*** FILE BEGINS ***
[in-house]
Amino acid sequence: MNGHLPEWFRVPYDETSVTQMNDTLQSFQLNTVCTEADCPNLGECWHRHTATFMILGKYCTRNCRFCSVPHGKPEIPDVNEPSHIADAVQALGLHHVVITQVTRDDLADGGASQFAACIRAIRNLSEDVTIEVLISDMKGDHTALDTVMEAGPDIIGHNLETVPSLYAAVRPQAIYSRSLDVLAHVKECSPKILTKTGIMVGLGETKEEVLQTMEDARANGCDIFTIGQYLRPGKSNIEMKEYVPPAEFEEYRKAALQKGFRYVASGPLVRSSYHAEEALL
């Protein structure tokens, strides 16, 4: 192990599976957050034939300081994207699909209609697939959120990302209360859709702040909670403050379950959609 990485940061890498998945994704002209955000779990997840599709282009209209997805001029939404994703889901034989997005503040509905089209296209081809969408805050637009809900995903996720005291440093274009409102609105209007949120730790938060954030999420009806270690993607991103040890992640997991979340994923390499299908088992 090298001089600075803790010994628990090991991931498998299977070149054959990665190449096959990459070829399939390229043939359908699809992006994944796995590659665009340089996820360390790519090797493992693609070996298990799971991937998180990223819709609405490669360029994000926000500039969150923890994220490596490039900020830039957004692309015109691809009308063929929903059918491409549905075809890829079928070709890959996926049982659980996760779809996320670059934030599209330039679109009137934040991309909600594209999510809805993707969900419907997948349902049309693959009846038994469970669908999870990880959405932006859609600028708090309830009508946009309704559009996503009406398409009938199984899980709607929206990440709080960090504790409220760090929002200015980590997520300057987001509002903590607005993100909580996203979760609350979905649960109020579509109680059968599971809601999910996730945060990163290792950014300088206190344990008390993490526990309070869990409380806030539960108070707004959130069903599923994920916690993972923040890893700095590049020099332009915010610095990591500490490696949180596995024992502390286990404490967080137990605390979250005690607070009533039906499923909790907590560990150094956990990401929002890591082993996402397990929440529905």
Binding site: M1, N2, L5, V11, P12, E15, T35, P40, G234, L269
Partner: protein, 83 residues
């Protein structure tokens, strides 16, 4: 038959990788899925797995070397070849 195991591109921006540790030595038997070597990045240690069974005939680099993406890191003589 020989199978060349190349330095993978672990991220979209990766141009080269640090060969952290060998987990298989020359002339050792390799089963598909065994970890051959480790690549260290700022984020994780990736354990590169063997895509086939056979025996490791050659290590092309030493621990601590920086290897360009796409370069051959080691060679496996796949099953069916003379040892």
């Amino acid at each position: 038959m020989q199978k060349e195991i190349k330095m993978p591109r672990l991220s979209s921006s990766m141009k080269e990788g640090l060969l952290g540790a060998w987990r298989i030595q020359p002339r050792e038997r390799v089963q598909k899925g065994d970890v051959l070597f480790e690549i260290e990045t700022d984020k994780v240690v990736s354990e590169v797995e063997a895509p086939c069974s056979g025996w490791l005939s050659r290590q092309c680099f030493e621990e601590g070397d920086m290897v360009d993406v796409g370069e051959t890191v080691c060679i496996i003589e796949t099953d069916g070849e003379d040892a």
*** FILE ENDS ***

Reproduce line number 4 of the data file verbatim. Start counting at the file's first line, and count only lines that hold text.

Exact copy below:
Binding site: M1, N2, L5, V11, P12, E15, T35, P40, G234, L269